Dartmoor National Park is 368 square miles and almost 65% of this area is covered in granite making it the largest exposure of granite in Southern Britain. This granite was formed 280 million years ago during the Paleozoic's late Carboniferous and early Permian Period. These exposures of granite are marked by over 160 Tors on Dartmoor (see Dartmoor Tor Map).

The extent of the granite in the South West extends some 200Km from the Isles of Scilly to Dartmoor and is named after the old Latin for Cornwall, the Cornubian Batholith. A batholith is a large body of hot molten igneous rock known as magma that rises deep from within the Earth towards the surface of the Earth. A batholith intrudes into the pre-existing local country rocks in a melted form and then slowly cools becomes solidified as granite.

The Cornubian Batholith has a number of granite domes and smaller satellite stocks along the 200Km and is estimated to be 10 km in thickness.


It is believed to be the result of multiple intrusions of the Devonian and Carboniferous Shales, sandstones, limestones and lavas covering a time span from 295 million years to 270 million years. There are six major domes between Dartmoor, Bodmin Moor, St Austell, Carnmenellis, Land’s End, and the Isles of Scilly with smaller satellite stocks found at St Michael’s Mount, St Agnes, Cligga Head, Castle an Dinas, Kit Hill, Hingston Down and Hemerdon Ball.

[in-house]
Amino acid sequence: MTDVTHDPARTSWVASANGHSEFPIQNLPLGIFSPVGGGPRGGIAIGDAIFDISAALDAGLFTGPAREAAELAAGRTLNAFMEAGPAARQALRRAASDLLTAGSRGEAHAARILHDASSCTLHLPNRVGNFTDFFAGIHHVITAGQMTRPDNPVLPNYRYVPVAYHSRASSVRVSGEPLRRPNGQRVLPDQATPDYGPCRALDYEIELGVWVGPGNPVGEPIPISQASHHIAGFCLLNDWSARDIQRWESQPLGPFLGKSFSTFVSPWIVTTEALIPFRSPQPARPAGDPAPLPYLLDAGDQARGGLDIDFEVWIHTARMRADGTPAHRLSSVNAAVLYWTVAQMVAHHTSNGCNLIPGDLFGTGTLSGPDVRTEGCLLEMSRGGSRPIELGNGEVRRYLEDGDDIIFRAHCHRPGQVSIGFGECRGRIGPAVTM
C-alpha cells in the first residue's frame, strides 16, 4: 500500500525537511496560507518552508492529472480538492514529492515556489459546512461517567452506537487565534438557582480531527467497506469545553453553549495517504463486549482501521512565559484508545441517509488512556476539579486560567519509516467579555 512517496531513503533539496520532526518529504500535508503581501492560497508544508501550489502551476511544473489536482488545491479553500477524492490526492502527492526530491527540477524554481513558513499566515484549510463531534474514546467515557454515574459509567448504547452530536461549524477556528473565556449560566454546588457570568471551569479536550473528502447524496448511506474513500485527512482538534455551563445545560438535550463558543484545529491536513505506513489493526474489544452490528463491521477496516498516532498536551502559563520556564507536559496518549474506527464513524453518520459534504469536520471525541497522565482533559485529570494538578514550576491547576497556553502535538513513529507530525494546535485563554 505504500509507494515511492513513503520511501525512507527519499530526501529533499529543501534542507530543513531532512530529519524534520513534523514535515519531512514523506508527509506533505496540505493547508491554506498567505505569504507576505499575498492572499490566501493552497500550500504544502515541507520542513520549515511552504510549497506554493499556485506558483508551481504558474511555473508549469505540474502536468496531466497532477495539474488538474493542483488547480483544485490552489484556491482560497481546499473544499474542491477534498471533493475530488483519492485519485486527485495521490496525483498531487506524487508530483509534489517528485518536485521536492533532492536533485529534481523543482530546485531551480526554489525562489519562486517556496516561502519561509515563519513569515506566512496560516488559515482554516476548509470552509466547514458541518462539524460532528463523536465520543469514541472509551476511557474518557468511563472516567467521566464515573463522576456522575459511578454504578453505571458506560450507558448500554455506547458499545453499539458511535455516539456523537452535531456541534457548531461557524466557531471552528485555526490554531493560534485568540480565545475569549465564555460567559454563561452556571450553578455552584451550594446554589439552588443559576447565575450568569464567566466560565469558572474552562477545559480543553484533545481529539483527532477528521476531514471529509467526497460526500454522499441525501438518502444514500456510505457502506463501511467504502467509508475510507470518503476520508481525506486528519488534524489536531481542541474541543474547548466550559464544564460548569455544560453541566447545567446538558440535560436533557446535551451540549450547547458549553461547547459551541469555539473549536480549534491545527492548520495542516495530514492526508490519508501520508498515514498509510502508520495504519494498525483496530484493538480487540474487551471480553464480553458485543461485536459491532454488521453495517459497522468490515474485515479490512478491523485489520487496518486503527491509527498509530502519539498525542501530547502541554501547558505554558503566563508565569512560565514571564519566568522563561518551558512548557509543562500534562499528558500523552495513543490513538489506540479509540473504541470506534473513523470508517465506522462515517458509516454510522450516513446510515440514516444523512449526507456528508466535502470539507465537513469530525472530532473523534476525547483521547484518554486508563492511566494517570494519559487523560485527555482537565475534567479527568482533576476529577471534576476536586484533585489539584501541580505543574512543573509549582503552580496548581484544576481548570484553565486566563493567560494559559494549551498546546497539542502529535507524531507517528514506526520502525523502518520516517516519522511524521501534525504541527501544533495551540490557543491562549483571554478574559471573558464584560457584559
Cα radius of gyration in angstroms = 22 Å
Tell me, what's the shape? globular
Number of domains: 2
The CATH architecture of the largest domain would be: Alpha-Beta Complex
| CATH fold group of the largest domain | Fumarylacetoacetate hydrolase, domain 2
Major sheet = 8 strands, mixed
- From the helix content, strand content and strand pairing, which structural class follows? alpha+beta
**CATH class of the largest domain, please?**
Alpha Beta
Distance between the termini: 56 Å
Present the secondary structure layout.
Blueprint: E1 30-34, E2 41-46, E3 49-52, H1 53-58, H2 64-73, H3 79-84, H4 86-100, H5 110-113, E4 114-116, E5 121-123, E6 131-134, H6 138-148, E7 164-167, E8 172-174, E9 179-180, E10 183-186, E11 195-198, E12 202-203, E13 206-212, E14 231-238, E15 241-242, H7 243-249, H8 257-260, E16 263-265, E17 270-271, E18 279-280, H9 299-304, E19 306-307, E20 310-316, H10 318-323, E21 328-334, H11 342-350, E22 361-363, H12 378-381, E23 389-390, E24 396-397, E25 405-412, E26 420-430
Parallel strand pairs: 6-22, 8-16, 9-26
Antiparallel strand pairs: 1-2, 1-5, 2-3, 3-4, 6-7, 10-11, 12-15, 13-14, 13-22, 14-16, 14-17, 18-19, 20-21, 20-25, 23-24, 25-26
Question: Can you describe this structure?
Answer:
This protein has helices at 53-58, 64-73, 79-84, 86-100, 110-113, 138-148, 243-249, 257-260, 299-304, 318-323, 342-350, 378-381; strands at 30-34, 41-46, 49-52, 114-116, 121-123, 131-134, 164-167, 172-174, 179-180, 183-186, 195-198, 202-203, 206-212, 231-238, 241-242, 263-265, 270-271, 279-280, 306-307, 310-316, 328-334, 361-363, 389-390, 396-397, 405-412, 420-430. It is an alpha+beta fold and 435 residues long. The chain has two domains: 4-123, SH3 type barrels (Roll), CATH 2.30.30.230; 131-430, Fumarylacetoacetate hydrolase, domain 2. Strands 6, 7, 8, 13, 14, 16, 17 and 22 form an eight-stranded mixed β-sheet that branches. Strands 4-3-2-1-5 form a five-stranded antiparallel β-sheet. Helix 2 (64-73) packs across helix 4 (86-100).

Whilst the magma of the Cornubian Batholith was slowly cooling and crystallising beneath the Earth's surface several processes were happening.


The combination of heat and pressure altered the pre-existing county rocks into metamorphic rocks. These transformed rocks form a characteristic aureole adjacent the granite. This aureole is a zone or ring of contact metamorphism that surrounds the batholith intrusion.


As the magma cooled and was becoming granite there was considerable hydrothermal mineral deposits from the hot hydrothermal mineral-laden water as it vapourised or minerals began to be dissolved and collected into rock cavities. This mineralisation included tin, copper ore, arsenic, lead ore, zinc, tungsten, cobalt, bismuth, antimony, uranium and even gold. The presence of hydrothermal water also reacted chemically with the granite and began to weather the granite in a process of kaolinisation depositing china clay.


The Granite


The term granite is derived from the Latin for granum or grain and Dartmoor National Park has three types of Dartmoor granite. Firstly, contact granite contaminated by minerals from surrounding rocks. Secondly, blue granite which is fine grained and thirdly, tor granite. Tor granite is characterised by igneous megacryst's whose crystalline grain is much larger, known as "Giant Granite" and is composed of interlocking crystals of white orthoclase feldspar, clear quartz and shiny black flakes of biotite mica.


As you visit the Jurassic Coast or English Riviera Global Geopark and in the background you see the familiar back drop of Dartmoor's Tors this blog should provide a bite-size summary. Have fun visiting the Dartmoor National Park.